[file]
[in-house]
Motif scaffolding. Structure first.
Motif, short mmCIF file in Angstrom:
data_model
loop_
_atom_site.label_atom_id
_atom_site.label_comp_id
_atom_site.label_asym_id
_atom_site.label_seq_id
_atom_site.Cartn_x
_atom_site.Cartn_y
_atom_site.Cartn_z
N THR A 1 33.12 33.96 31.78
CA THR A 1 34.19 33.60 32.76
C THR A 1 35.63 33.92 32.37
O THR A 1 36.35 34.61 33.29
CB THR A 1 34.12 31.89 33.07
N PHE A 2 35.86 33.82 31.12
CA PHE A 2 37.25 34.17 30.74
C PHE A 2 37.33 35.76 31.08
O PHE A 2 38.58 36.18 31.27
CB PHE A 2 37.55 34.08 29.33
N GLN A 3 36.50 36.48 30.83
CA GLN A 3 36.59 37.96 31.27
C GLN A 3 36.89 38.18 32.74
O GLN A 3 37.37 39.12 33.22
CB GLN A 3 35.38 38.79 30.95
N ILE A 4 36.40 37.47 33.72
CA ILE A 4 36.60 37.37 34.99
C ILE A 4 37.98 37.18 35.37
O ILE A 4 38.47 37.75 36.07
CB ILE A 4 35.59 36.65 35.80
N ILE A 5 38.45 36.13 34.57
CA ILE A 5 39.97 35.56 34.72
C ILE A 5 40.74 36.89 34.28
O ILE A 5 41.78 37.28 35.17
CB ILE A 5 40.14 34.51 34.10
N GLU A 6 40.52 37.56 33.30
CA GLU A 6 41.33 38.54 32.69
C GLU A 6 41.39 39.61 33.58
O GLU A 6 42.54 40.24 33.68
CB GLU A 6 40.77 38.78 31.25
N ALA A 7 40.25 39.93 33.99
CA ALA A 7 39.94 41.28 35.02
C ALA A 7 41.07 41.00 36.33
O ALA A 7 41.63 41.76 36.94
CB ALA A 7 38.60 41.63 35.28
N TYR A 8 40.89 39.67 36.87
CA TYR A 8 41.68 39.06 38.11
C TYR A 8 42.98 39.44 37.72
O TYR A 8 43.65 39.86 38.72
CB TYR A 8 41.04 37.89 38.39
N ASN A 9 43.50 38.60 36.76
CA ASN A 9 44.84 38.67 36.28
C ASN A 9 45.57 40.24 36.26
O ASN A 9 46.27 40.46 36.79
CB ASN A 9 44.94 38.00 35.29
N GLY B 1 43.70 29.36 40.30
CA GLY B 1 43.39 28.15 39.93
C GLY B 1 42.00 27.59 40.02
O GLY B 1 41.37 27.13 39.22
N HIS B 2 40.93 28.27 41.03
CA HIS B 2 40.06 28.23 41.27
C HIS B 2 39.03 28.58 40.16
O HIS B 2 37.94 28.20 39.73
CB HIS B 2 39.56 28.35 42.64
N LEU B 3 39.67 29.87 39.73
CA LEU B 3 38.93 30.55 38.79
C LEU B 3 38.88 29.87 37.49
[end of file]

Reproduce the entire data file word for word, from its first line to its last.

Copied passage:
[in-house]
Motif scaffolding. Structure first.
Motif, short mmCIF file in Angstrom:
data_model
loop_
_atom_site.label_atom_id
_atom_site.label_comp_id
_atom_site.label_asym_id
_atom_site.label_seq_id
_atom_site.Cartn_x
_atom_site.Cartn_y
_atom_site.Cartn_z
N THR A 1 33.12 33.96 31.78
CA THR A 1 34.19 33.60 32.76
C THR A 1 35.63 33.92 32.37
O THR A 1 36.35 34.61 33.29
CB THR A 1 34.12 31.89 33.07
N PHE A 2 35.86 33.82 31.12
CA PHE A 2 37.25 34.17 30.74
C PHE A 2 37.33 35.76 31.08
O PHE A 2 38.58 36.18 31.27
CB PHE A 2 37.55 34.08 29.33
N GLN A 3 36.50 36.48 30.83
CA GLN A 3 36.59 37.96 31.27
C GLN A 3 36.89 38.18 32.74
O GLN A 3 37.37 39.12 33.22
CB GLN A 3 35.38 38.79 30.95
N ILE A 4 36.40 37.47 33.72
CA ILE A 4 36.60 37.37 34.99
C ILE A 4 37.98 37.18 35.37
O ILE A 4 38.47 37.75 36.07
CB ILE A 4 35.59 36.65 35.80
N ILE A 5 38.45 36.13 34.57
CA ILE A 5 39.97 35.56 34.72
C ILE A 5 40.74 36.89 34.28
O ILE A 5 41.78 37.28 35.17
CB ILE A 5 40.14 34.51 34.10
N GLU A 6 40.52 37.56 33.30
CA GLU A 6 41.33 38.54 32.69
C GLU A 6 41.39 39.61 33.58
O GLU A 6 42.54 40.24 33.68
CB GLU A 6 40.77 38.78 31.25
N ALA A 7 40.25 39.93 33.99
CA ALA A 7 39.94 41.28 35.02
C ALA A 7 41.07 41.00 36.33
O ALA A 7 41.63 41.76 36.94
CB ALA A 7 38.60 41.63 35.28
N TYR A 8 40.89 39.67 36.87
CA TYR A 8 41.68 39.06 38.11
C TYR A 8 42.98 39.44 37.72
O TYR A 8 43.65 39.86 38.72
CB TYR A 8 41.04 37.89 38.39
N ASN A 9 43.50 38.60 36.76
CA ASN A 9 44.84 38.67 36.28
C ASN A 9 45.57 40.24 36.26
O ASN A 9 46.27 40.46 36.79
CB ASN A 9 44.94 38.00 35.29
N GLY B 1 43.70 29.36 40.30
CA GLY B 1 43.39 28.15 39.93
C GLY B 1 42.00 27.59 40.02
O GLY B 1 41.37 27.13 39.22
N HIS B 2 40.93 28.27 41.03
CA HIS B 2 40.06 28.23 41.27
C HIS B 2 39.03 28.58 40.16
O HIS B 2 37.94 28.20 39.73
CB HIS B 2 39.56 28.35 42.64
N LEU B 3 39.67 29.87 39.73
CA LEU B 3 38.93 30.55 38.79
C LEU B 3 38.88 29.87 37.49